Old Covenant Israel was bred in captivity. They spent four-hundred years serving as slaves to the Egyptians before God brought them out with signs and wonders. But Israel didn't stay free once they were liberated. God's Old Covenant people were a particularly disobedient lot, and so, after much warning, the Lord sent them into captivity again - this time in two different directions: the Northern Kingdom of Israel to Assyria and the Southern Kingdom of Judah to Babylon. Prophecy abounded with promises that one day the Lord would bring His people back from the lands where they had been scattered, and He was faithful to His gracious word. He brought some back to rebuild what had been destroyed, but it was only a remnant - far smaller than the millions that had crossed the Red Sea. A people that was once counted by everyone born of the lineage of Jacob was now being counted as only those who had the faith to return.
But there were other gracious and glorious truths hidden by mystery in the words of the prophets that promised a return. The original promise to Abraham to make his descendants as numerous as the stars or the sand on the seashore was not slowly dwindling, it was ready to break forth in all its fullness.
In the eleventh chapter of Isaiah, we first read of a "shoot from the stump of Jesse", a promised King that would be anointed with the Spirit, that would be clothed in righteousness and justice, and that would bring peace. A Messiah ("anointed") would come to save God's people:
In that day the root of Jesse, who shall stand as a signal for the peoples—of Him shall the nations inquire, and His resting place shall be glorious. In that day the Lord will extend his hand yet a second time to recover the remnant that remains of His people, from Assyria, from Egypt, from Pathros, from Cush, from Elam, from Shinar, from Hamath, and from the coastlands of the sea. (Isaiah 11:10-11)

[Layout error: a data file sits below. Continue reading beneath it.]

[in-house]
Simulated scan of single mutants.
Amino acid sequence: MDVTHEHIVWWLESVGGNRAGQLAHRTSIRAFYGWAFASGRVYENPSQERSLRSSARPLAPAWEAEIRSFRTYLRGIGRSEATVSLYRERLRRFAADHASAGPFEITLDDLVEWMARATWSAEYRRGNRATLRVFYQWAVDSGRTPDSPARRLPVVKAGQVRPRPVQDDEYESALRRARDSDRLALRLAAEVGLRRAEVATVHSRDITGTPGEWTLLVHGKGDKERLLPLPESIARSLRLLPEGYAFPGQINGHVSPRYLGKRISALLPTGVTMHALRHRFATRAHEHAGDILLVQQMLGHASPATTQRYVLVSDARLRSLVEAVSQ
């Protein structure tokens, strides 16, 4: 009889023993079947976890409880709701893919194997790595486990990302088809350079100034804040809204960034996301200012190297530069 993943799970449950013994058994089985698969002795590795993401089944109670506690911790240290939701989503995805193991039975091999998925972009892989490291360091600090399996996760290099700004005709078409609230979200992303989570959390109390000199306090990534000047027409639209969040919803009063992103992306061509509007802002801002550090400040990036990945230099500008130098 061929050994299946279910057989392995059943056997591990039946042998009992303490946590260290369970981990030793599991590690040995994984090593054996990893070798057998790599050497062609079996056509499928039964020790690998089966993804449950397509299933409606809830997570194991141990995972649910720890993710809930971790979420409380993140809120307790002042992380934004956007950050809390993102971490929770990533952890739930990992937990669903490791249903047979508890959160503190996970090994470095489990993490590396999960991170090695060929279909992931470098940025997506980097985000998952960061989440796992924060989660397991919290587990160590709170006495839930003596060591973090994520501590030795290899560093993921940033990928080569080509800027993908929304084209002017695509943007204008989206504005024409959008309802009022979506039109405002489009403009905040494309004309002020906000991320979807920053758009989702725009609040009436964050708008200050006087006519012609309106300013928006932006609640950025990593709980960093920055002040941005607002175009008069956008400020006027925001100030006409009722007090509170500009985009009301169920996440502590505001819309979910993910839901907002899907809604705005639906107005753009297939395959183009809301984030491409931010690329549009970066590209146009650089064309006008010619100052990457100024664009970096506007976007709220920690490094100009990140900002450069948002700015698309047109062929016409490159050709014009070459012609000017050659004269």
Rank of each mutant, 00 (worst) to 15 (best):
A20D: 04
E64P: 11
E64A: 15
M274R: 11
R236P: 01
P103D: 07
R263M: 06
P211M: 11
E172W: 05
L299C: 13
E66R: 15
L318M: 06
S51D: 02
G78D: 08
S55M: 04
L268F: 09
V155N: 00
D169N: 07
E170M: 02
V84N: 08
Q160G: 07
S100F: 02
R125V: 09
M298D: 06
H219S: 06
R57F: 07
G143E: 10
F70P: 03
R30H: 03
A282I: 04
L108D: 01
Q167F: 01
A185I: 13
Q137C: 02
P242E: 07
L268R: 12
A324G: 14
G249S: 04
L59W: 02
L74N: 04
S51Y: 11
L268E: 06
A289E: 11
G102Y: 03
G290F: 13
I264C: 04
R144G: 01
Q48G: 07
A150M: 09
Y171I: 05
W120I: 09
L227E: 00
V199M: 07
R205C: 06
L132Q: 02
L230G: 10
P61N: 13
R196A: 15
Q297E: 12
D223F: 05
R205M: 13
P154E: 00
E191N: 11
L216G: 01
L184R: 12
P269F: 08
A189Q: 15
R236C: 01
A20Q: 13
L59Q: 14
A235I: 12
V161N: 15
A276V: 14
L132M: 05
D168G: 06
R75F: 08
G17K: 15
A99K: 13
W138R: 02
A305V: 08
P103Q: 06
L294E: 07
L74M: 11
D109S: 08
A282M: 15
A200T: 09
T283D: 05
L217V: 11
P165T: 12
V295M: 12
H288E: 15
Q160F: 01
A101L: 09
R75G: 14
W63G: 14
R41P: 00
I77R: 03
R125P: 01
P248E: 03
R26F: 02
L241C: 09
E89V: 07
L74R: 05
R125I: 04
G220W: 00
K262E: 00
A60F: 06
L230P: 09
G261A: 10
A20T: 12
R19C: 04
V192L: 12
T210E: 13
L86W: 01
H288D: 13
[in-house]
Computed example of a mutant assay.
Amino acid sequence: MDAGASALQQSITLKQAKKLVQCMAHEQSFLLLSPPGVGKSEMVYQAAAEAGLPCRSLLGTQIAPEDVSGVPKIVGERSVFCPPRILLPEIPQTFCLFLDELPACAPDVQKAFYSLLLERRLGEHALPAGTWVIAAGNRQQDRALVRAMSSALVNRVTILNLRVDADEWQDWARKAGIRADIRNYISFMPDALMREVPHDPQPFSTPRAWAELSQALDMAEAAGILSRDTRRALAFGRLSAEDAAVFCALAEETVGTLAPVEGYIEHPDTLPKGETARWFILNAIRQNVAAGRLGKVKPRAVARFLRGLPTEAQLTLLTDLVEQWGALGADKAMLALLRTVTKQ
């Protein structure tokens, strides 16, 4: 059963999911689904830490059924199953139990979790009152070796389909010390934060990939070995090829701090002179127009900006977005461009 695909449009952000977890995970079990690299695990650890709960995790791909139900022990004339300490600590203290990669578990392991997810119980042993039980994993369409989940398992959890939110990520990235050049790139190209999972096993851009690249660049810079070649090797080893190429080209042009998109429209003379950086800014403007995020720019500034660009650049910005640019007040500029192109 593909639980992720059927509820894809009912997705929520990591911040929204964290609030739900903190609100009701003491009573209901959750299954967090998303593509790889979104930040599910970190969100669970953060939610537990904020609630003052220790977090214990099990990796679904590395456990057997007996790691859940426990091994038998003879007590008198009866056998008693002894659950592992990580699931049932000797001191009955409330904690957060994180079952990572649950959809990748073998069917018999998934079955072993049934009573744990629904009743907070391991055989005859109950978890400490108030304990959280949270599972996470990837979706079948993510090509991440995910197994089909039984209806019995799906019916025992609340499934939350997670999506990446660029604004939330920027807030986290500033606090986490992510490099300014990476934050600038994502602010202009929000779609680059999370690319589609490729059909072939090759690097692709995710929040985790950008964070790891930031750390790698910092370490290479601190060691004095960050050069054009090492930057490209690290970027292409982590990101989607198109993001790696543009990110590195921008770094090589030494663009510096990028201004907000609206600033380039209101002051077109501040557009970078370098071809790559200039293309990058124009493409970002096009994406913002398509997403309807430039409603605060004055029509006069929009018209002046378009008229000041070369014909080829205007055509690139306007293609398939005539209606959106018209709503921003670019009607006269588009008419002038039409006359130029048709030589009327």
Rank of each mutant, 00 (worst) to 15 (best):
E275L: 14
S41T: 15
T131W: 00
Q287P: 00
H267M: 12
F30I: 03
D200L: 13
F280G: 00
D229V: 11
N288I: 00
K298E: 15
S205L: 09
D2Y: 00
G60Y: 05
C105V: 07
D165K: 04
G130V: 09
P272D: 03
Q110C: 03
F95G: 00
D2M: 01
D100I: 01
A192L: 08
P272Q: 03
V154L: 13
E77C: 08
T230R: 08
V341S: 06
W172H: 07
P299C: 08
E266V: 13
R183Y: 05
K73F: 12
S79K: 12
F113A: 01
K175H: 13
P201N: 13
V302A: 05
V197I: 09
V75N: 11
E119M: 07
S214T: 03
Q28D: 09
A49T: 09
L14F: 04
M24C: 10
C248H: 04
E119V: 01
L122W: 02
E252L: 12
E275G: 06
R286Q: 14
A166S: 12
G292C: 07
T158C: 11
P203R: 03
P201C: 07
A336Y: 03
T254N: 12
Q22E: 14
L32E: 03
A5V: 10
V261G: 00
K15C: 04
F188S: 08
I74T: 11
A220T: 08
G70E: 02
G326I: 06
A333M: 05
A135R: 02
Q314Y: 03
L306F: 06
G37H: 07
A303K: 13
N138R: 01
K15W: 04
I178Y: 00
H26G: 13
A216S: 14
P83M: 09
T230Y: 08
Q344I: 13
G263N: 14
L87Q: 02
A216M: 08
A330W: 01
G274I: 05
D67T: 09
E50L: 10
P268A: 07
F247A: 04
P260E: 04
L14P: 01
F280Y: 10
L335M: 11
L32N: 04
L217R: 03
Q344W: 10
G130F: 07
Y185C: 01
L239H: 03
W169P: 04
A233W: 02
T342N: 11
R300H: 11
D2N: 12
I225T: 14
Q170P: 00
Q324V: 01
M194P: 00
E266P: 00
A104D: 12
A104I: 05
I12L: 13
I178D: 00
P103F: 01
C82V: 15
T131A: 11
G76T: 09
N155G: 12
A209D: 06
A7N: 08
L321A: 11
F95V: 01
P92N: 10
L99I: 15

When the Messiah would come, the call would be sounded forth and the captives would come from all of the lands that they had been scattered, but the wondrous mystery was that these were not all descended from Jacob! His people would not only include Jews who had been exiled to lands like Assyria and Egypt and Shinar, but would now include the former enemies themselves. All those gifted with faith to trust this Messiah would answer this call, and the promise to Abraham would find fulfillment in those who shared his faith, not merely those who shared his bloodline.
A Jew reading the prophecy of Isaiah before the time of the Christ would have only seen there Jews returning from the lands that had enslaved them. But as I read it from this side of the cross, I can clearly see how God promised that the nations would inquire of this Christ, and how He is calling His people out of these nations even though they belong to those nations ethnically.
What an amazing thing: to be grafted into the people of God through faith! When God's call went out to the nations for His people to return to Him, it came also to me - and I can trace no part of my ancestry back to Abraham! We belong to God's family not because of our flesh, but because of faith - a faith which He supplies. What right have I to claim a part in God's covenant? None. He called me into it, and so I rejoice, and I broadcast the call to others.